Did you know that the maple syrup, corn syrup and sugar in your kitchen is actually condensed and/or dehydrated plant food?
Thatís right! All green plants make their food through the process of photosynthesis. A simplified explanation of photosynthesis is that the physical energy from sunlight drives the chemical binding of six molecules of water and six molecules of carbon dioxide to produce one molecule of sugar (that's plant food, remember) plus six molecules of oxygen.
Is this bringing back nightmares of your high school science class? I hope not, because here comes the explanation for why it can be so hard to get grass to grow under the trees in your yard.
As sunlight passes through the trees in your yard, almost all of the photosynthetically active radiation (those wavelengths of light energy that drive photosynthesis) is absorbed by their leaves. While this is good for the trees, itís bad for the grass under the trees. This is because there isnít enough light energy left to drive photosynthesis within the grass blades by the time sunlight reaches the ground. The result is that grass plants under many trees, quite literally, starve to death because there are not enough simple sugars being made within their leaf blades (photo at left, above).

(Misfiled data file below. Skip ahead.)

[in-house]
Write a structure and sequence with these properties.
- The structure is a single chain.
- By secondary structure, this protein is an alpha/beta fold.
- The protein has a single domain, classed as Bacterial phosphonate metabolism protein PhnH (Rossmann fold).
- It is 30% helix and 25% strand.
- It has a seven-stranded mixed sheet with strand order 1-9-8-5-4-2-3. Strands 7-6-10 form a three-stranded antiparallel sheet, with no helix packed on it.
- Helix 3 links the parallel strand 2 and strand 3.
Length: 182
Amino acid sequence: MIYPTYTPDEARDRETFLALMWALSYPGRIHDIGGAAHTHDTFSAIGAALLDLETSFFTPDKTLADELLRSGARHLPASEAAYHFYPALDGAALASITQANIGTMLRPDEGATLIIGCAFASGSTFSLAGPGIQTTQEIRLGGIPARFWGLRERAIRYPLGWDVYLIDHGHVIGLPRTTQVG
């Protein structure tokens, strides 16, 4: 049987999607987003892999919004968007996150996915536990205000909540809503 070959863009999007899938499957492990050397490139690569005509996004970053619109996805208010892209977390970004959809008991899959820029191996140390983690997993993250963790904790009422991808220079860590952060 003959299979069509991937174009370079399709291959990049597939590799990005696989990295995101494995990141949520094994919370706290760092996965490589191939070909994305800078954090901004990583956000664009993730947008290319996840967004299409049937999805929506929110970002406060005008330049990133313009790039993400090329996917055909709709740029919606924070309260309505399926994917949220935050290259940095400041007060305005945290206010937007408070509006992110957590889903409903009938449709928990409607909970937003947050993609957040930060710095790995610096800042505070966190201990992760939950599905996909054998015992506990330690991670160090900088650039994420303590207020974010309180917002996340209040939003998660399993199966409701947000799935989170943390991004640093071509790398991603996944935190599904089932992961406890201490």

Adding insult to injury, the leaves of many trees - like those of the wildly popular `Crimson Kingí Norway maple, deflect rainfall toward the `dripline,í just like the shingles on a roof. Thatís why after a relatively heavy summer shower, the soil under many large trees often remains completely dry. Ultimately, this lack of light and water prevents grass from growing, resulting in bare spots that you reseed over, and over, and over.
So, what does any of this have to do with the leaves dropping from your trees?
The point is that itís always going to be a struggle to grow a nice lawn under the trees in your yard because their leaves prevent sunlight from reaching the ground. So why bother?
Now, I doubt that Iíll convince you to stop trying to grow grass where itís simply not going to grow well. But, at least let me offer you some options for managing your tree's leaves by clicking on the links at right.